• Harada J.
      • Mizoguchi T.
      • Satoh S.
      • Tsukatani Y.
      • Yokono M.
      • Noguchi M.
      • Tanaka A.
      • Tamiaki H.
      Specific gene bciD for C7-methyl oxidation in bacteriochlorophyll e biosynthesis of brown-colored green sulfur bacteria.
      ). Although this result shows that BciD is necessary for the synthesis of BChlide e, it does not show that BciD alone is sufficient to catalyze this transformation. Repeated attempts to express the bciD gene, as well as some of the surrounding genes from the conserved gene cluster shown in Fig. 2, in Chlorobaculum tepidum uniformly failed to produce a strain that could synthesize BChl e.
      J. A. Maresca, Z. Liu, J. L. Thweatt, and D. A. Bryant, unpublished results.
      Because the phenotype of the bciD mutant reported by Harada et al. (
      • Harada J.
      • Mizoguchi T.
      • Satoh S.
      • Tsukatani Y.
      • Yokono M.
      • Noguchi M.
      • Tanaka A.
      • Tamiaki H.
      Specific gene bciD for C7-methyl oxidation in bacteriochlorophyll e biosynthesis of brown-colored green sulfur bacteria.
      ) was not verified by complementation, these failures led us to question whether BciD was directly involved in the synthesis of BChl e.
      Figure thumbnail gr2
      FIGURE 2Absorbance spectra of whole cells and pigment extracts. A, whole-cell absorbance spectra of the wild-type (solid line) and bciD mutant (dotted line) strains of C. limnaeum compared with wild-type C. tepidum (dashed line). B, absorbance spectra of pigments extracted with 100% methanol from the wild-type (solid line) and bciD mutant (dotted line) strains of C. limnaeum compared with wild-type C. tepidum (dashed line). To facilitate the comparison, the spectra were normalized at the Qy absorbance maxima for A and at the Soret maxima for B. AU, absorbance units.
      In this study, we verified that inactivation of bciD in a second strain of C. limnaeum, strain DSMZ 1677T, also led to the synthesis of BChl c in the resulting mutant. The bciD gene was heterologously expressed in Escherichia coli, and the resultant protein was purified and characterized. The purified enzyme contains a single [4Fe-4S] cluster, and when incubated with S-adenosyl-l-methionine (SAM) and sodium dithionite, it catalyzed the conversion of BChlide c into BChlide e and BChlide d into BChlide f, and it produced 5′-deoxyadenosine as a by-product. These results demonstrate that BciD is a radical SAM enzyme and that it is sufficient to catalyze these two transformations. Thus, the biosynthetic pathway for all Chlorobium Chls is now complete.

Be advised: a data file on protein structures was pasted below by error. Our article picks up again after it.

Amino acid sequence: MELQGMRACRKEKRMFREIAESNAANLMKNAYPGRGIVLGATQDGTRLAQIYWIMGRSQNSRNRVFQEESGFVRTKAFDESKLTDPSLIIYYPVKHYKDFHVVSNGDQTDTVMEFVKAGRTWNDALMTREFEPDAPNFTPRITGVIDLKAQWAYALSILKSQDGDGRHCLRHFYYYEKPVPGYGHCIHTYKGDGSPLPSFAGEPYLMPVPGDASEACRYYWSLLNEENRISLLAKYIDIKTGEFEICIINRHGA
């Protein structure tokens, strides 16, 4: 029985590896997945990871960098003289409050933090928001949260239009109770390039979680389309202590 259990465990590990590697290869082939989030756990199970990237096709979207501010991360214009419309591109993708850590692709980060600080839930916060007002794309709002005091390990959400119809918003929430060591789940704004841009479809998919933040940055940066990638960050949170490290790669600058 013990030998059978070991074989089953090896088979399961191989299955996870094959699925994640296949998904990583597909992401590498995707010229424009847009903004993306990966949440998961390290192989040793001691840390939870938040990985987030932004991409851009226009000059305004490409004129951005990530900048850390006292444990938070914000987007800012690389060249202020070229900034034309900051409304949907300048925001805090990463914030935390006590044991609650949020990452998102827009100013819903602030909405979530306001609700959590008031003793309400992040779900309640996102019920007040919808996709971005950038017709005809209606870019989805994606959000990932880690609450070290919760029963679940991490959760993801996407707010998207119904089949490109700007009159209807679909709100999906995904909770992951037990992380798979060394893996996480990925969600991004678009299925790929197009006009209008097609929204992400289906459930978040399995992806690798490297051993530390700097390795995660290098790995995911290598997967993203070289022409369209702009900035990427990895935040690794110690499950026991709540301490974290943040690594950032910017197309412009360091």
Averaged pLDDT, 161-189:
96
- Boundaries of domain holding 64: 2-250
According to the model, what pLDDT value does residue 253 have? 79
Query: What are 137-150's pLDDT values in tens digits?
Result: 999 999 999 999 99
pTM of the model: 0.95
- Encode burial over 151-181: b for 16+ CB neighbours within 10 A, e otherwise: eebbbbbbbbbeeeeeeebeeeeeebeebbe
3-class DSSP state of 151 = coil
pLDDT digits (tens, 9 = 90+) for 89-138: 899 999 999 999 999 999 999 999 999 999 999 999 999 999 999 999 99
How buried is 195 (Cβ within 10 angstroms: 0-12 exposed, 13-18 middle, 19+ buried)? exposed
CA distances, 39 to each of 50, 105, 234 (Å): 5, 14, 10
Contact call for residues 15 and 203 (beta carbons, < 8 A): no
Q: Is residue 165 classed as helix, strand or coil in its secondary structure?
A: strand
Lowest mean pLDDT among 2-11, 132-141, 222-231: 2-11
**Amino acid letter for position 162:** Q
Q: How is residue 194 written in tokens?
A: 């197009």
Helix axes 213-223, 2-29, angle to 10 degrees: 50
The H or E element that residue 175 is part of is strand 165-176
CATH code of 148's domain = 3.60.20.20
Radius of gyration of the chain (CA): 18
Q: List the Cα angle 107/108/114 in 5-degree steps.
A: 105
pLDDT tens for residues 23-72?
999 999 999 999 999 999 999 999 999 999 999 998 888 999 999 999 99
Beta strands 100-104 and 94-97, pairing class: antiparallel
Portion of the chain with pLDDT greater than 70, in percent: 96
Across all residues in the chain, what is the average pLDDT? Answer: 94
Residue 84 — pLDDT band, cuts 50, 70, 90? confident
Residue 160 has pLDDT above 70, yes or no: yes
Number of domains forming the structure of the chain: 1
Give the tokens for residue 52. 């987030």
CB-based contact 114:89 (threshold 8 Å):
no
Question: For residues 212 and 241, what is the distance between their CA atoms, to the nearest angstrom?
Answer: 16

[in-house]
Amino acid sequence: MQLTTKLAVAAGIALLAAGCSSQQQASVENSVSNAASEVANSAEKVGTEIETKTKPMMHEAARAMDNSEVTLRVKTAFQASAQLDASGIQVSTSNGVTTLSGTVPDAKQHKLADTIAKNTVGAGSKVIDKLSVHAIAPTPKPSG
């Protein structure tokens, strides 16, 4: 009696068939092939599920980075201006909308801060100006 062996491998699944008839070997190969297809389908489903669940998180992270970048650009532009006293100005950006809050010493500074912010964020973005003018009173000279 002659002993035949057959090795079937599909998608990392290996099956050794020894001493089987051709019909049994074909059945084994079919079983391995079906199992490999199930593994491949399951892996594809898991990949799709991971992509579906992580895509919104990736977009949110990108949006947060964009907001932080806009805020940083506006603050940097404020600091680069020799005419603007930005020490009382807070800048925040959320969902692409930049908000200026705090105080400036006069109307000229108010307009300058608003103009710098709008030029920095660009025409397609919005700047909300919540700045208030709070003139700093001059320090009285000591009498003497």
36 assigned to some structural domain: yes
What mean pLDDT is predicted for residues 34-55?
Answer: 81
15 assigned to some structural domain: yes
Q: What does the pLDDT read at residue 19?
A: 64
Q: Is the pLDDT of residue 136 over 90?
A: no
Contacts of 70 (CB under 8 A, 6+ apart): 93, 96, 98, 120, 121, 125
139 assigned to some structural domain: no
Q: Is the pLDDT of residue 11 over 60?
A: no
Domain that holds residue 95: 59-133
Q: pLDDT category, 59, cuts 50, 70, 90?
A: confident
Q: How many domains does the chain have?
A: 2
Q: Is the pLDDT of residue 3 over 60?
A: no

Results

      Inactivation of bciD in C. limnaeum

      To confirm the phenotype of the bciD mutant described by Harada et al. (
      • Harada J.
      • Mizoguchi T.
      • Satoh S.
      • Tsukatani Y.
      • Yokono M.
      • Noguchi M.
      • Tanaka A.
      • Tamiaki H.
      Specific gene bciD for C7-methyl oxidation in bacteriochlorophyll e biosynthesis of brown-colored green sulfur bacteria.
      ), we insertionally inactivated the bciD gene in C. limnaeum 1677T. The mutant was made by conjugation from E. coli strain S17-1 carrying the plasmid pCLCON::bciD with C. limnaeum 1677T. This plasmid contained a single homologous region completely internal to the bciD gene. After a single homologous recombination event, this should disrupt the bciD gene as shown in supplemental Fig. S2A. Transconjugants were screened by PCR with primers bciDtestF and aadAtestR flanking one border of the insertion site (Table 1). Positive transconjugants produced a PCR amplicon of ∼1.1 kb as expected (supplemental Fig. S2B), whereas wild-type cells did not produce an amplicon. The resulting 1.1-kb PCR product was verified by DNA sequencing.